Press Release

The Honorable Cameron Sexton, Speaker of the House
The Honorable William Lamberth, House Republican Leader
The Honorable Jeremy Faison, Republican Caucus Chair
The Honorable Karen Camper, House Democratic Leader
The Honorable Vincent Dixie, Democratic Caucus Chair
The Honorable Mark White, Chair, House Education Administration Committee
The Honorable John Ragan

RE: 112th Tennessee General Assembly ‒ House Bill 580, As Amended

Dear Honorable Members of the Tennessee General Assembly,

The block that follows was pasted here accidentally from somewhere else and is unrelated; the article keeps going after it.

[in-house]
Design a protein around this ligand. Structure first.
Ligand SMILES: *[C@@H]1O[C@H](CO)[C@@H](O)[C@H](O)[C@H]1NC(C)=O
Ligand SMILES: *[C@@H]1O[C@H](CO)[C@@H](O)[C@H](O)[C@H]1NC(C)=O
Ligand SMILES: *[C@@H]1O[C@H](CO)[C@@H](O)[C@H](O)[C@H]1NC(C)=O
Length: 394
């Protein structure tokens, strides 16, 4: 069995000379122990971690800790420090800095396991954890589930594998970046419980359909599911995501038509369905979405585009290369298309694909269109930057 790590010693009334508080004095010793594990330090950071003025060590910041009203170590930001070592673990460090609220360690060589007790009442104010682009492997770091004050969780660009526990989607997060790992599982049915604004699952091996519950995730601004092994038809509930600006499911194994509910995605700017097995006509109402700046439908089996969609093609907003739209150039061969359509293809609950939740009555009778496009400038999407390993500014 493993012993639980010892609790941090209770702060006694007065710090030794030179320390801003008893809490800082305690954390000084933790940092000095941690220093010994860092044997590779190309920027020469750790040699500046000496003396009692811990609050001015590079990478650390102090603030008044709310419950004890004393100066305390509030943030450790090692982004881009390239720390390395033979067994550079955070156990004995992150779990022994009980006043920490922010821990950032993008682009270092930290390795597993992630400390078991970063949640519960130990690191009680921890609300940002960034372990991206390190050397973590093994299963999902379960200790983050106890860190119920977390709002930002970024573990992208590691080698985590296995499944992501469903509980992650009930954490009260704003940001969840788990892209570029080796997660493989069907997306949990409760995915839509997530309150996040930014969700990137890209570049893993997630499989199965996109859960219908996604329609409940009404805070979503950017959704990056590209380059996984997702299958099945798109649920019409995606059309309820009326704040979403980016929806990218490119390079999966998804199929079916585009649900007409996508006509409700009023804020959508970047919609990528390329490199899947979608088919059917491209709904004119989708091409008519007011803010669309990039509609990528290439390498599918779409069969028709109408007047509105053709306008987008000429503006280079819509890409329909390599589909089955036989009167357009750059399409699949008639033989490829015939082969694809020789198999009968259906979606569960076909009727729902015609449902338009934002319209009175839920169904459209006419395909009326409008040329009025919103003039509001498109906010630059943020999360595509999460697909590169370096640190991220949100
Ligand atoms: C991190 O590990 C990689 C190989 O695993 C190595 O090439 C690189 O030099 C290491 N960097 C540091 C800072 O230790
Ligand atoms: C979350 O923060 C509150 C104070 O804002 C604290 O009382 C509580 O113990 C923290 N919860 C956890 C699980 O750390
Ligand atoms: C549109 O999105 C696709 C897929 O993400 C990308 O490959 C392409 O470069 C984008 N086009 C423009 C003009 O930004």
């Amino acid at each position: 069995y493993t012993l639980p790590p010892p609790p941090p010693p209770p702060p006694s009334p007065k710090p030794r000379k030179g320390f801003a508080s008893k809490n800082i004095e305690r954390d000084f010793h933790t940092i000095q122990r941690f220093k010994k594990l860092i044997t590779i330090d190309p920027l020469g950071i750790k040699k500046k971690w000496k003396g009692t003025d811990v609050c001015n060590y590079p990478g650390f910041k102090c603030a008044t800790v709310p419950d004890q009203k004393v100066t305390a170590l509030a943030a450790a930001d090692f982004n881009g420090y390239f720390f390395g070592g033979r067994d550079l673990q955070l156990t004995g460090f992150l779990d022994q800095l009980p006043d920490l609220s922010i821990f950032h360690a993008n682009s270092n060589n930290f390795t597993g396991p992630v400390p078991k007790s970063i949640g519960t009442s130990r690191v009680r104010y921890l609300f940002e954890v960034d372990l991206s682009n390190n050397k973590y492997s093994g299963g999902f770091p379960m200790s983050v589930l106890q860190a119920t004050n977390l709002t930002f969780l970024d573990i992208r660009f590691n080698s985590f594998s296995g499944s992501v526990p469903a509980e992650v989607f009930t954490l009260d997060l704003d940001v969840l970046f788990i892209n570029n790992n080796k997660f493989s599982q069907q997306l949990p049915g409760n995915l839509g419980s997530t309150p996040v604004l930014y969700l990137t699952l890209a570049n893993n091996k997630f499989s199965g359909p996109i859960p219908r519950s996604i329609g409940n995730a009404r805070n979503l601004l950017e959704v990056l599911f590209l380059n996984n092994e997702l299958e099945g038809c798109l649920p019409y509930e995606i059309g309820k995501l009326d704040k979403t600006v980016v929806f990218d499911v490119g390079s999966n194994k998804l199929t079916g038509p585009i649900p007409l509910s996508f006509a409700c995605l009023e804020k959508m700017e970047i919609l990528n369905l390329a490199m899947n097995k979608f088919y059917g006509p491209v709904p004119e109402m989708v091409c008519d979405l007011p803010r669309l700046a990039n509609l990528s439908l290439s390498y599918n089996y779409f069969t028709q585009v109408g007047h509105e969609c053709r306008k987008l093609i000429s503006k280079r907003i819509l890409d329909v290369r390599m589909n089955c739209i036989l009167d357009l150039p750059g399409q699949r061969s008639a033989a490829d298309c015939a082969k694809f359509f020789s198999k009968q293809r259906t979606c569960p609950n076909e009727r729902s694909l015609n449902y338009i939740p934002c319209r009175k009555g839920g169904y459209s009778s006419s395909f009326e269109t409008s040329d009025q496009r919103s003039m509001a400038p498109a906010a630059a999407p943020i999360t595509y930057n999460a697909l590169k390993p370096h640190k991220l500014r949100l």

The Education Trust in Tennessee is a non-profit, non-partisan research and advocacy organization that works alongside communities to improve educational outcomes for all students in our state from pre-K through post-secondary learning, with an explicit focus on closing the historical opportunity gaps that persist for students of color and those from low-income families. We, along with our undersigned organizational partners in the Tennessee Alliance for Equity in Education, write to you today to express our concern with and opposition to the hastily introduced amendment to HB580 as passed in the House Education Administration Committee on Monday, May 3, 2021. The proposed amendment to HB580 represents an egregious and contradictory overreach aiming to prohibit complex but necessary classroom discussion topics and will cause an undue burden, confusion, and instill the fear of repercussion in Tennessee’s public school educators as they teach significant social and historical events.